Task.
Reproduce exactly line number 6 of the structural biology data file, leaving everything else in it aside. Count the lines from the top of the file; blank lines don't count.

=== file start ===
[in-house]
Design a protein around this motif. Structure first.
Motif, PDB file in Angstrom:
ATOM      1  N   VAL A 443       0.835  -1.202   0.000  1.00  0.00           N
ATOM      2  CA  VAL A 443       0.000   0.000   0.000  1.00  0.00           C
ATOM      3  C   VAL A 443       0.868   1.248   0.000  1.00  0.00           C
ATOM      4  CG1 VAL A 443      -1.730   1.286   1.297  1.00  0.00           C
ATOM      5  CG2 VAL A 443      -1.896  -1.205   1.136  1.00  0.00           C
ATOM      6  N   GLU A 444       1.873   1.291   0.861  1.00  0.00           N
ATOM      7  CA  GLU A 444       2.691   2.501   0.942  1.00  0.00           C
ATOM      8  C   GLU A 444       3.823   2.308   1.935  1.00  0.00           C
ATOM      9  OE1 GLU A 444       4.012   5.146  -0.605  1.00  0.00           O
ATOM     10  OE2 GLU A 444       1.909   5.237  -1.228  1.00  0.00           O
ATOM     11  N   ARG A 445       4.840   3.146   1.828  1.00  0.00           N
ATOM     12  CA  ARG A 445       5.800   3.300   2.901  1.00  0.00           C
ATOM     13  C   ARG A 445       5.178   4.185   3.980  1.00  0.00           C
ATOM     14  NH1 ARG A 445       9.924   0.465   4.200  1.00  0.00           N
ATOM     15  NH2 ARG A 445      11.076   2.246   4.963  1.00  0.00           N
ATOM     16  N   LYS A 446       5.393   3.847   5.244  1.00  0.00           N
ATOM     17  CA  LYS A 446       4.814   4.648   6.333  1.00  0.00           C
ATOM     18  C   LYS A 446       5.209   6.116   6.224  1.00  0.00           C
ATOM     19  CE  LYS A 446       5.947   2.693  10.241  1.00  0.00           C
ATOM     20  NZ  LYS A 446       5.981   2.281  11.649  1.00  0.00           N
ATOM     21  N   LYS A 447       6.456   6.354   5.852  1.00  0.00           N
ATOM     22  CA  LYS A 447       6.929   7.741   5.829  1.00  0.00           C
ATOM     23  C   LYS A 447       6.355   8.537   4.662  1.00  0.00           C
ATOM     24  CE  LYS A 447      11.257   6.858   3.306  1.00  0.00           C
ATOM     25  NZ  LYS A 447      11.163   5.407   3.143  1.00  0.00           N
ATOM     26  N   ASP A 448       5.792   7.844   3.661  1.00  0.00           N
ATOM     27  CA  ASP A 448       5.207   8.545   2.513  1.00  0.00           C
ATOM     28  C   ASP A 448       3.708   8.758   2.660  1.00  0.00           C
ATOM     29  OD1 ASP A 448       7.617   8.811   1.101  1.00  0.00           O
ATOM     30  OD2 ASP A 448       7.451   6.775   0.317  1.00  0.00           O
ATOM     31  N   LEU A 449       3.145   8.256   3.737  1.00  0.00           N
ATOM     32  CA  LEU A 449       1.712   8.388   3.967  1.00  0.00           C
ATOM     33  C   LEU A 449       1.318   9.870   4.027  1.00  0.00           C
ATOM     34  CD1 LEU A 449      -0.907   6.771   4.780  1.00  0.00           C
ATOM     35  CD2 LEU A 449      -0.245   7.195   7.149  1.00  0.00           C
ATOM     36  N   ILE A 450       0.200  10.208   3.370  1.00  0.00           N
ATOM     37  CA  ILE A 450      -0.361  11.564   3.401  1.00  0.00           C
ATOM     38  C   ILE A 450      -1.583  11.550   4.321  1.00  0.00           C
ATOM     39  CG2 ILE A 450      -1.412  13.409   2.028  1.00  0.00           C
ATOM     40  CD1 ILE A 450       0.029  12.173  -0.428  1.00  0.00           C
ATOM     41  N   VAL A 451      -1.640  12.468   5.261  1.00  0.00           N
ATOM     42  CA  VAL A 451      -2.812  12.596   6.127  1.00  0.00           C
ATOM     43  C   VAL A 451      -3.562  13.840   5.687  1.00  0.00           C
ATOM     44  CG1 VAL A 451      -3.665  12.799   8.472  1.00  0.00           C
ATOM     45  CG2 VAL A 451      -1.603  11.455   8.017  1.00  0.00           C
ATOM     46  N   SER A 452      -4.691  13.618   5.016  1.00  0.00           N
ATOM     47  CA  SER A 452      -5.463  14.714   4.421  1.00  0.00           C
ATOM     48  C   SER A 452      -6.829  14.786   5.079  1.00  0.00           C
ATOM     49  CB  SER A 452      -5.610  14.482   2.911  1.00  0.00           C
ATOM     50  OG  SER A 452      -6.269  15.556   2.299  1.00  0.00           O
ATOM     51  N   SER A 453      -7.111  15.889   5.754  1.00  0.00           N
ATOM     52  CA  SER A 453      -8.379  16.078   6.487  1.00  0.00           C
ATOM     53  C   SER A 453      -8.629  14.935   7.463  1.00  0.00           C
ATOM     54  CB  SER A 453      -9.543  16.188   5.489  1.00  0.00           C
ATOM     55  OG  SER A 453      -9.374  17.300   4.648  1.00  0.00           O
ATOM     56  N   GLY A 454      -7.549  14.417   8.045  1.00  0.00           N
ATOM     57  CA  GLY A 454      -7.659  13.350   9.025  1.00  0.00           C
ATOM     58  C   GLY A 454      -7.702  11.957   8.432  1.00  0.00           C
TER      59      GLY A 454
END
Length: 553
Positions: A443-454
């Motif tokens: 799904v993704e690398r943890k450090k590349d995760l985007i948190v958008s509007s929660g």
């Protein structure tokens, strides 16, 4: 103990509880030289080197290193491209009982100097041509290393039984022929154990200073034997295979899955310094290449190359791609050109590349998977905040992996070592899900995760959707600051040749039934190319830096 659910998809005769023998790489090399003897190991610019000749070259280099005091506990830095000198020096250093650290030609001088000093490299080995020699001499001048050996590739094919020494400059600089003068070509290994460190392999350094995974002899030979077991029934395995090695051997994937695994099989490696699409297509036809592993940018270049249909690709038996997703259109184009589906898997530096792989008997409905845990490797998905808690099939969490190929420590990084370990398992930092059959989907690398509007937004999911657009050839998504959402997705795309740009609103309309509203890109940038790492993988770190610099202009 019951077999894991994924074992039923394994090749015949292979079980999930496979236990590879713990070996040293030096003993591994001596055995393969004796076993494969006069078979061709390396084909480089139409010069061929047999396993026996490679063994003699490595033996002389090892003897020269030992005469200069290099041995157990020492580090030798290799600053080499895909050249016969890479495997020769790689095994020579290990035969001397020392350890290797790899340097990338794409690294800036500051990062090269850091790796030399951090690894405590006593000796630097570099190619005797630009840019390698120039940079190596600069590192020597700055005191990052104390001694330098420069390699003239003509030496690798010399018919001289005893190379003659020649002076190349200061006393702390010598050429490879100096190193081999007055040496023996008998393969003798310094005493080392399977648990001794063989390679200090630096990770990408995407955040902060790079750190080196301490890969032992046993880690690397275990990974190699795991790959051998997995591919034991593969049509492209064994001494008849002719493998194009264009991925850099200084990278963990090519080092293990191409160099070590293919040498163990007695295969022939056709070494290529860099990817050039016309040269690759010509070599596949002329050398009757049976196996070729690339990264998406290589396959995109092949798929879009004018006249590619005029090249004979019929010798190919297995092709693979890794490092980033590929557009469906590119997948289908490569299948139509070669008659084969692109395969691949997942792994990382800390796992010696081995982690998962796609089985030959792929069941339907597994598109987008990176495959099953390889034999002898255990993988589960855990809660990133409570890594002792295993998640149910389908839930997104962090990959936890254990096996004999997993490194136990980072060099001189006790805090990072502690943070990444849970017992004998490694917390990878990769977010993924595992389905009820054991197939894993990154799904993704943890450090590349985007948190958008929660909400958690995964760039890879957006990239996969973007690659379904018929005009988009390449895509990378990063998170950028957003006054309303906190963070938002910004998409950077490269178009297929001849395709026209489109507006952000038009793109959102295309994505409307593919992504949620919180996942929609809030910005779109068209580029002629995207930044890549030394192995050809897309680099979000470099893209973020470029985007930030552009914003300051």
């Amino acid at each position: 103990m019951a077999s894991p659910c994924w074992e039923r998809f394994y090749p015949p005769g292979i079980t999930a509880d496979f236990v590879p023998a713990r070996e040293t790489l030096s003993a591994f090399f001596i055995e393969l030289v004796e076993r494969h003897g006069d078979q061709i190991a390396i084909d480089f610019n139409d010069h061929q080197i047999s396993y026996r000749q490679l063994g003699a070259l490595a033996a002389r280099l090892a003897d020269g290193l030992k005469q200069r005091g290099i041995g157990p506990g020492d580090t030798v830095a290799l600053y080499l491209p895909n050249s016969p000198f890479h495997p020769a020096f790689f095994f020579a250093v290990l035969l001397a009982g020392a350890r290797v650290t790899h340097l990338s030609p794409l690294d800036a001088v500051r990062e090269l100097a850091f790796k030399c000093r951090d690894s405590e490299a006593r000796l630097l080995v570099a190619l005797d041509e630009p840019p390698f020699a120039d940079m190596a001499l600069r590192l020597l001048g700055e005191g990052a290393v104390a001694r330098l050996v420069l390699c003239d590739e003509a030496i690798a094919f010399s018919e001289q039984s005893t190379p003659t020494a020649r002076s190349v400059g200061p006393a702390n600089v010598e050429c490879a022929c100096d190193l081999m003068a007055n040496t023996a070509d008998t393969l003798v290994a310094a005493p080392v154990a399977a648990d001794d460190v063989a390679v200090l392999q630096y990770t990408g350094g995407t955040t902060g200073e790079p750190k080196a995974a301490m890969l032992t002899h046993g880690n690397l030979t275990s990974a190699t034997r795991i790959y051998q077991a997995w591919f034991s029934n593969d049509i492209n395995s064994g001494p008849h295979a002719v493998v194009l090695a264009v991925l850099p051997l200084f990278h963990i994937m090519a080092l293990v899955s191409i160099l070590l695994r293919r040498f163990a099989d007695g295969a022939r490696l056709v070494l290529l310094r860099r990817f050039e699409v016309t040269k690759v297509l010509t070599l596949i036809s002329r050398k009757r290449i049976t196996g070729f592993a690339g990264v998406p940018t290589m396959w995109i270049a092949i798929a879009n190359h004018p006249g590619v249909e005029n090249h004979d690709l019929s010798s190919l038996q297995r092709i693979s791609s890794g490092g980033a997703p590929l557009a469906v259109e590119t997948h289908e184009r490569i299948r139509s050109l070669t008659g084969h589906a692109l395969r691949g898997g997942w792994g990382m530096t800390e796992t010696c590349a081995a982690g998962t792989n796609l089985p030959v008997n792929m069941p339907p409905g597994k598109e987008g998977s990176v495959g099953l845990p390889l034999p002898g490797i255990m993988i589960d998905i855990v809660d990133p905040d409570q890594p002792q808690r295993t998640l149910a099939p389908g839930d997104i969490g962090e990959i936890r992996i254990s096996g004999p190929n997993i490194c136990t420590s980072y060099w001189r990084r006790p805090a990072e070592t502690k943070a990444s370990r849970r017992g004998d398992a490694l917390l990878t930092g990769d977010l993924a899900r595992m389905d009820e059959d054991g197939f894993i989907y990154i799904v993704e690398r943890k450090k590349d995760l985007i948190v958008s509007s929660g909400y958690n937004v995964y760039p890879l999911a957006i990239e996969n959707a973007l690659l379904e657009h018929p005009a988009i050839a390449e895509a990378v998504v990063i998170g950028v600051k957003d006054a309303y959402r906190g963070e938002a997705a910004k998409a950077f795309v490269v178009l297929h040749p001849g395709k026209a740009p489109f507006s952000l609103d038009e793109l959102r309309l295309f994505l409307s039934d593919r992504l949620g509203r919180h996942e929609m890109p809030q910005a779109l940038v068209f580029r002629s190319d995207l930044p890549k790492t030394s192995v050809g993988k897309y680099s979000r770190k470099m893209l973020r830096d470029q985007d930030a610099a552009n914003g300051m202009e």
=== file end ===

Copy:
ATOM      3  C   VAL A 443       0.868   1.248   0.000  1.00  0.00           C